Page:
By Mingeli Palata
I still recall my first primary school days, the safari uniforms and shorts were the order of the day and each Monday we would go pa parade, meet the headmaster and hear all that we are doing wrong.
I shouldn’t also forget the ‘up, sideways, down’ and the ‘stand at ease, attention sir!!! Look I don’t know which school you went to but at the school my parents afforded, that was the way it was. But I believe there was also once a time in your life when you sung the national anthem every Monday if not every day or back in the good old days when its was only ZNBC or never and we would all wait for the National anthem to be played before TV opens at 17:00hrs just so we could watch ‘’Shira and Bozo’!
In all honesty I only got the words of the National Anthem correctly when I reached my grade 8 at Kamwala High School but for the ‘Zambia, praise to thee, all one, strong and free’. Dear friends its not that I still can’t get the pronunciation but I constantly question the truth in that statement. I don’t know about you.
Let’s take some time to think about that phraseology and just the whole composition of our national anthem. Among the most prominent words in the national anthem are ‘proud and free’. Where the meaning of the word freedom can be relative to the situation in which case we would be talking about 44 years of peace and independence, the mafia law has it that who-so-ever controls the money has the power and the two cannot do without the other.
More than 40% of our budget is funded by westerners, the fabric of our economic base is too young to be independent and we live in a country were we do not eat what we produce and produce what we do not eat- our industry and manufacturing wings are too weak and almost non-existent. Just imagine what would happen if the western world pulled out a Zimbabwe move on us! Proud and free?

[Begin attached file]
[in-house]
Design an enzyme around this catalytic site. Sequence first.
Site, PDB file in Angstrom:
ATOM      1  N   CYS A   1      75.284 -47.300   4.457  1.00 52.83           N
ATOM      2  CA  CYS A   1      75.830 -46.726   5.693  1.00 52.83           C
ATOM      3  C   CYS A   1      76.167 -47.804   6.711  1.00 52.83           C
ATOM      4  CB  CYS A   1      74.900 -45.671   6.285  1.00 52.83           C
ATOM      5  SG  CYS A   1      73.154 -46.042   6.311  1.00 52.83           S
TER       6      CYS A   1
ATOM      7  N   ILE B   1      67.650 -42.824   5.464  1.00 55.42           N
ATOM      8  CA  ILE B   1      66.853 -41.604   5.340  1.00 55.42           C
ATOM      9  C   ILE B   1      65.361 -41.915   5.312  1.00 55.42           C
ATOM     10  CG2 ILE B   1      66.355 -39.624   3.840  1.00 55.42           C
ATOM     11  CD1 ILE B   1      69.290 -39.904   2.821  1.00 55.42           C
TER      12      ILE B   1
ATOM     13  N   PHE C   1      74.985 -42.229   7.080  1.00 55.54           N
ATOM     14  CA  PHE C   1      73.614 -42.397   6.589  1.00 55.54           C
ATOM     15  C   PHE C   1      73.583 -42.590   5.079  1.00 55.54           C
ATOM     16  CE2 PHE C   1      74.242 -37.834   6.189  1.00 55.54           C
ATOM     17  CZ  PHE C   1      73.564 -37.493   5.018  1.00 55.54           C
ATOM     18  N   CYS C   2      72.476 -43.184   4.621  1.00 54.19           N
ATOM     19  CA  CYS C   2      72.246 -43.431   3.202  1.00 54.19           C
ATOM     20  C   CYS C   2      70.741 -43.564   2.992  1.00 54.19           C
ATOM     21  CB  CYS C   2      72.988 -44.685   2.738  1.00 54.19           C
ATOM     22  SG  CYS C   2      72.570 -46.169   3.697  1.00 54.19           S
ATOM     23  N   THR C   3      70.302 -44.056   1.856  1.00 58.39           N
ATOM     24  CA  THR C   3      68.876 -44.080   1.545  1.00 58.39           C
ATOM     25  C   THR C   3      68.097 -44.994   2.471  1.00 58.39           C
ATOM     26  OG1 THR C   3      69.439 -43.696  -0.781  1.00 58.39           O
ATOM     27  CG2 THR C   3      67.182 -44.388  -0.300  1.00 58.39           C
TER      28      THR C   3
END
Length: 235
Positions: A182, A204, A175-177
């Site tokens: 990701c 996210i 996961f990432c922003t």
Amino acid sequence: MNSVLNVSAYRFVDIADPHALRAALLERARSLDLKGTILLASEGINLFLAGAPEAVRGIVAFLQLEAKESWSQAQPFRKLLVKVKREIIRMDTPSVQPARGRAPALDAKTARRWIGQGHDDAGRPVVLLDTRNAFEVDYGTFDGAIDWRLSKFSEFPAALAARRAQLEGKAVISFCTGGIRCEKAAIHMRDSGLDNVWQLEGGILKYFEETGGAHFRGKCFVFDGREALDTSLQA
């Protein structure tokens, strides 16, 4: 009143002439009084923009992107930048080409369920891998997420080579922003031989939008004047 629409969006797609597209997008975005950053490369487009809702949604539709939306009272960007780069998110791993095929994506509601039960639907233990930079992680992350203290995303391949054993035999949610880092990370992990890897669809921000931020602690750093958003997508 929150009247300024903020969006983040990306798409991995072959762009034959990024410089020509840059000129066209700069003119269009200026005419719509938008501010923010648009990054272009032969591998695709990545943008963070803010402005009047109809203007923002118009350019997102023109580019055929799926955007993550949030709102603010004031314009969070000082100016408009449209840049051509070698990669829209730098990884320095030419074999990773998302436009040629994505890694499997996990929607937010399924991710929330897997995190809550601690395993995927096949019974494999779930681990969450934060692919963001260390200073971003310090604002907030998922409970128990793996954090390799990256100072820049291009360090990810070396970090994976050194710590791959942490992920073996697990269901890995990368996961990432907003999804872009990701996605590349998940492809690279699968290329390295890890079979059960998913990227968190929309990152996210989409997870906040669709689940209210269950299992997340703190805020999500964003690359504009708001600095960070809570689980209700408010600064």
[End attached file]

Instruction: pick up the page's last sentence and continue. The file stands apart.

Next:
How about Land of work and joy in unity? Year after year myriads that graduate from high schools and universities continue roaming the streets with no jobs- nothing. Graduating from UNZA is no longer a guarantee to a better life; you will need to know someone from somewhere who knows somebody that works at some place for you to get a job. So why would it be a land of work and joy in unity?
One Zambia, One Nation, well coined and very much echoed in our National Anthem. But is it? Just the voting trend in the last election answers that question better than you and me. Accept it or not, tribalism has become pronounced in our country. What a sad state of affairs! Just how united are we? Yes just how united are when we have other tribes not voting for the other tribe even if the devil himself was the other choice.
Freedoms fight? It’s true that I am such a big fun of Dr. Kaunda (To the extent that I have procured a few safari suits for myself ) but I doubt that what the freedom fighters were fighting for has been attained. Our fathers shed their blood so as to see a better Zambia, in which all the children would go to good schools, have good hospitals and would have food on their tables but alas, the situation today is far from what had been hoped for. 44 years the line, more than 60% of our population is poor while the few rich continue to feed on lobsters and send their children to the UK for studies. Its just like that book ‘animal farm’, it’s a good read, get yourself a copy!
Obviously the National Anthem is not accurate to the Zambian situation but the point I am trying to note is that the national anthem is the Zambian dream and we should all strive towards making it a possibility.